It has been shown that in alcoholic patients, alcohol-related cues produce increased activation of reward-related brain regions like the ventral striatum (VS), which has been proposed as neurobiological basis of craving. Modulating this activation might be a promising option in the treatment of alcohol addiction. One approach might be real-time functional magnetic resonance imaging neurofeedback (rtfMRI NF). This study was set up to implement and evaluate a rtfMRI approach in a group of non-addicted heavy social drinkers. Thirty-eight heavy drinking students were assigned to a real feedback group (rFB, n = 13), a yoke feedback group (yFB, n = 13) and a passive control group (noFB, n = 12). After conducting a reward task as functional localizer to identify ventral striatal regions, the participants viewed alcohol cues during three NF training blocks in a 3 T MRI scanner. The rFB group received feedback from their own and the yFB from another participants' VS. The noFB group received no feedback. The rFB and the yFB groups were instructed to downregulate the displayed activation. Activation of the VS and prefrontal control regions was compared between the groups. We found significant downregulation of striatal regions specifically in the rFB group. While the rFB and the yFB groups showed significant activation of prefrontal regions during feedback, this activation was only correlated to the reduction of striatal activation in the rFB group. We conclude that rtfMRI NF is a suitable method to reduce striatal activation to alcohol cues. It might be a promising supplement to the treatment of alcoholic patients.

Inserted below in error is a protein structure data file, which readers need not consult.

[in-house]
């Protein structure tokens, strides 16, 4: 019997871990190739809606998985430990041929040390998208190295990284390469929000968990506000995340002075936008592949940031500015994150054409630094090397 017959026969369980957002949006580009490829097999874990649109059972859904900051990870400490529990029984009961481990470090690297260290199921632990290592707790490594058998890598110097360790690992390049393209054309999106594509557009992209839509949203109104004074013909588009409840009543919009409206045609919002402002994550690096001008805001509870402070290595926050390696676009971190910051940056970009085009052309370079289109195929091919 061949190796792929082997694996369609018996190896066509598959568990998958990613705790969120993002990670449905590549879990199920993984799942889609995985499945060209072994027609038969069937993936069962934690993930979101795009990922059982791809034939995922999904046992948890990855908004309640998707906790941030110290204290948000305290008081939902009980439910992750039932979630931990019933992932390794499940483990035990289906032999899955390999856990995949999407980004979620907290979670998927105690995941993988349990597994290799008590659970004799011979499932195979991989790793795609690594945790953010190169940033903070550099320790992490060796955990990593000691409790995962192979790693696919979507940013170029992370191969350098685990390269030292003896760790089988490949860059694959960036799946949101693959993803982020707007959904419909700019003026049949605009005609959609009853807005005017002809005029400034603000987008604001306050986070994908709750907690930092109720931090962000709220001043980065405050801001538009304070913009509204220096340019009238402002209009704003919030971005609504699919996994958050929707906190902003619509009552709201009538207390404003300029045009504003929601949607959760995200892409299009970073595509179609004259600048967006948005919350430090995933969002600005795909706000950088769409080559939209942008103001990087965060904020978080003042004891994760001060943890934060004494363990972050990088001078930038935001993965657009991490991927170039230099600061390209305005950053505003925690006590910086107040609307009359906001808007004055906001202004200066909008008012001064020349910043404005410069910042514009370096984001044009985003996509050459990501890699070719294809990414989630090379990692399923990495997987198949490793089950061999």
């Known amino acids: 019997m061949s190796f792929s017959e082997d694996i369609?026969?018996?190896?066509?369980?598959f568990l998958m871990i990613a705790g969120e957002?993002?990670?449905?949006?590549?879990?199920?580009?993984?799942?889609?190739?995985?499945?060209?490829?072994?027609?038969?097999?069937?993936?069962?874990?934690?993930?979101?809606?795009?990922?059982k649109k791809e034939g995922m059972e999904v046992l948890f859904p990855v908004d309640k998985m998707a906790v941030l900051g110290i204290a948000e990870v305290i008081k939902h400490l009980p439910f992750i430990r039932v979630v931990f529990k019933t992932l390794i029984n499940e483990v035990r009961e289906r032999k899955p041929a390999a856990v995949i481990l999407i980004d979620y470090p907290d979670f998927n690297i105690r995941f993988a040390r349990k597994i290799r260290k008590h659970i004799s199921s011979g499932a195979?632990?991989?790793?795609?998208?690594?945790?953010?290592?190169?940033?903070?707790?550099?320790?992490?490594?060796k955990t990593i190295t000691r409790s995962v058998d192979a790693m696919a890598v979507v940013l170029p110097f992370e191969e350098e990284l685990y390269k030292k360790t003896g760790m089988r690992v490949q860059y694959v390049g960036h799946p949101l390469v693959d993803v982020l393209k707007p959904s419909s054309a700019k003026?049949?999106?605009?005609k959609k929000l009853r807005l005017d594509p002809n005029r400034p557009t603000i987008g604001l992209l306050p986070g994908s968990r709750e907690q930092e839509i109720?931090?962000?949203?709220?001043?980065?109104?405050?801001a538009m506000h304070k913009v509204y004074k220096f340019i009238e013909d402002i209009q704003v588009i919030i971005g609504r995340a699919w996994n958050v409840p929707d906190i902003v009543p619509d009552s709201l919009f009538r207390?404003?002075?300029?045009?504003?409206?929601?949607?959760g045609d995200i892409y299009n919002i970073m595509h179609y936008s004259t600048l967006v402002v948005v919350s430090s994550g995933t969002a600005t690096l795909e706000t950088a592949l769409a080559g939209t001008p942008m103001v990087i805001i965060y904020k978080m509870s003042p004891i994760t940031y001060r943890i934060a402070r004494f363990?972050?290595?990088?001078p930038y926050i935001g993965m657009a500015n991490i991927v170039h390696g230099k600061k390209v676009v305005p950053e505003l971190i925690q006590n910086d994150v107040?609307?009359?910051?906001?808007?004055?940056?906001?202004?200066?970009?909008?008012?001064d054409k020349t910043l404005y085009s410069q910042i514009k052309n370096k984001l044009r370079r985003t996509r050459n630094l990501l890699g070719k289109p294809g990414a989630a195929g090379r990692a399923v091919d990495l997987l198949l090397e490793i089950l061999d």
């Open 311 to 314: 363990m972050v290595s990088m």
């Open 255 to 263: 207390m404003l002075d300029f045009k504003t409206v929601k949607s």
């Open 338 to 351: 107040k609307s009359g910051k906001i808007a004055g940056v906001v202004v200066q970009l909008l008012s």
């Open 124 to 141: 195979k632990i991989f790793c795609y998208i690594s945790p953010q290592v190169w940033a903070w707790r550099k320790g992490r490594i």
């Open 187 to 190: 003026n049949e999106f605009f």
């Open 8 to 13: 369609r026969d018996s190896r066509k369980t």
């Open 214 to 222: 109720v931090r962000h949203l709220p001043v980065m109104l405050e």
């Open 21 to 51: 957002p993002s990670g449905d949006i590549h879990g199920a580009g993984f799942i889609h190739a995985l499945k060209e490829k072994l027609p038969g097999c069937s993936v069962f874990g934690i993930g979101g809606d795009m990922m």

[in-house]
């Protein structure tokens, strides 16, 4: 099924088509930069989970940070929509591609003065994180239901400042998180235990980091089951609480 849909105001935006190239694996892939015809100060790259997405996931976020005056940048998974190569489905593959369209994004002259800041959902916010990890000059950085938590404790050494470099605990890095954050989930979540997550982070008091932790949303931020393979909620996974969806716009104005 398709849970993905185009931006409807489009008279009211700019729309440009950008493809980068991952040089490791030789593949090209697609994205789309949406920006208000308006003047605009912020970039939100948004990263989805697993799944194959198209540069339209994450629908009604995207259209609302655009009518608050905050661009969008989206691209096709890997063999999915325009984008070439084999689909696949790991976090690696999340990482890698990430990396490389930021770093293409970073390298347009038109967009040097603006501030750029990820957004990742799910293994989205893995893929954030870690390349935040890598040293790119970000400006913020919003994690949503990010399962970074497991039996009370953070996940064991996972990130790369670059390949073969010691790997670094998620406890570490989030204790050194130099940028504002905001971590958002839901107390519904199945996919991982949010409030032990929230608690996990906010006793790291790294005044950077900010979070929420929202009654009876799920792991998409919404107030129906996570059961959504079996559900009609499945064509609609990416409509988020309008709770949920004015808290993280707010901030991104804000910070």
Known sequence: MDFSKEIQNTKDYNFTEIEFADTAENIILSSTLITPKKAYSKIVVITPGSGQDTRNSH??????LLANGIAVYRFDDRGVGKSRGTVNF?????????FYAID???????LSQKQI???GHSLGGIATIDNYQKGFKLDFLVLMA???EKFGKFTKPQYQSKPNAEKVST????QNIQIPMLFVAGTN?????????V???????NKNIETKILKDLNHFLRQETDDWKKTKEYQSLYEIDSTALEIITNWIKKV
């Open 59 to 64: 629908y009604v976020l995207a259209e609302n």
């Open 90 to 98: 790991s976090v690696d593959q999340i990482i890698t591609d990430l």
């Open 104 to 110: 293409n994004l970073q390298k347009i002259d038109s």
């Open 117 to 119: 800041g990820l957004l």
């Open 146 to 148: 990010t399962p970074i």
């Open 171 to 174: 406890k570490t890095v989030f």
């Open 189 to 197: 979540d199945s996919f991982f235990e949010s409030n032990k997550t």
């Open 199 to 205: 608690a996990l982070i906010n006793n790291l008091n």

Increased activation of the ventral striatum (VS) to alcohol cues has been proposed as neurobiological basis of craving. We tested whether real-time fMRI neurofeedback can modulate cue reactivity. Heavy drinkers were assigned to a real neurofedback group (rFB), a yoke neurofeedback group (yFB) and a passive control group. The rFB group received feedback from their own, the yFB from another participants VS. Both groups were instructed to downregulate the activation. We found VS downregulation specifically for rFB demonstrating the suitability of neurofeedback in alcoholism.